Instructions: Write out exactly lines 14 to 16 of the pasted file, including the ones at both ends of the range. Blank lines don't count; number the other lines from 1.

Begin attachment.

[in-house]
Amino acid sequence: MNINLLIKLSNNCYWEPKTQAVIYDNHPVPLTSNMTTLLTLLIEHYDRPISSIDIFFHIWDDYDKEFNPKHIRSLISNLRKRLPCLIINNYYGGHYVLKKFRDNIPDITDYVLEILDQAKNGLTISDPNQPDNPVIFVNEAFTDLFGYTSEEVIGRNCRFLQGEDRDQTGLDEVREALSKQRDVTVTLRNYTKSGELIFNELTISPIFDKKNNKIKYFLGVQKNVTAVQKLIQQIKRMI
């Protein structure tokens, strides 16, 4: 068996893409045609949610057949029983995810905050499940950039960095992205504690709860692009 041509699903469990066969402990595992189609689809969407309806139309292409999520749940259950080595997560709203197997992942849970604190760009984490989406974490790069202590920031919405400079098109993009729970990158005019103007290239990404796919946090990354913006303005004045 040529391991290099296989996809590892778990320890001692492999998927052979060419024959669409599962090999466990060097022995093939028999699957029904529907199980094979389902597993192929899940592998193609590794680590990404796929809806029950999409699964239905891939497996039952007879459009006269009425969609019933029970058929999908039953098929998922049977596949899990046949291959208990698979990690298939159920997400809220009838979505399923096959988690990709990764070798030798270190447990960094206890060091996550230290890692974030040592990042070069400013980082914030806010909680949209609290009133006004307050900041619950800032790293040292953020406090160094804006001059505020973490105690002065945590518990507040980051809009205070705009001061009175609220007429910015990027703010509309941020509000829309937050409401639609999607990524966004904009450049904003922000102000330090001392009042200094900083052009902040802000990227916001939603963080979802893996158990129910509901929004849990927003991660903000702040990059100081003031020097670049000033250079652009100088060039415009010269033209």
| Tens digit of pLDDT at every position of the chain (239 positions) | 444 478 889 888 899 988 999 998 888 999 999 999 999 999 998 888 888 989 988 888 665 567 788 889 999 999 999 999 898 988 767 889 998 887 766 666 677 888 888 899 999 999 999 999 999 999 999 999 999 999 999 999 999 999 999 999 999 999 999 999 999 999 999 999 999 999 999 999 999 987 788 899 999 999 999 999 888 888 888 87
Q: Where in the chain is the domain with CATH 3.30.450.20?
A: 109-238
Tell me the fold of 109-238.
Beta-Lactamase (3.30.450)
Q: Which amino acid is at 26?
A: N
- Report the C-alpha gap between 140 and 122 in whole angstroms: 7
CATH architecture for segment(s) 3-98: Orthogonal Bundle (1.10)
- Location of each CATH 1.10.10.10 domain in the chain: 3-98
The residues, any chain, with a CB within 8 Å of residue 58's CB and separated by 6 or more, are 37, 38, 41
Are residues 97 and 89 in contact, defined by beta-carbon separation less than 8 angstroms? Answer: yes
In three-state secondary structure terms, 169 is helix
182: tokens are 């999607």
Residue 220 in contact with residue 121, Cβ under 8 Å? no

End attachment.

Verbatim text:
The residues, any chain, with a CB within 8 Å of residue 58's CB and separated by 6 or more, are 37, 38, 41
Are residues 97 and 89 in contact, defined by beta-carbon separation less than 8 angstroms? Answer: yes
In three-state secondary structure terms, 169 is helix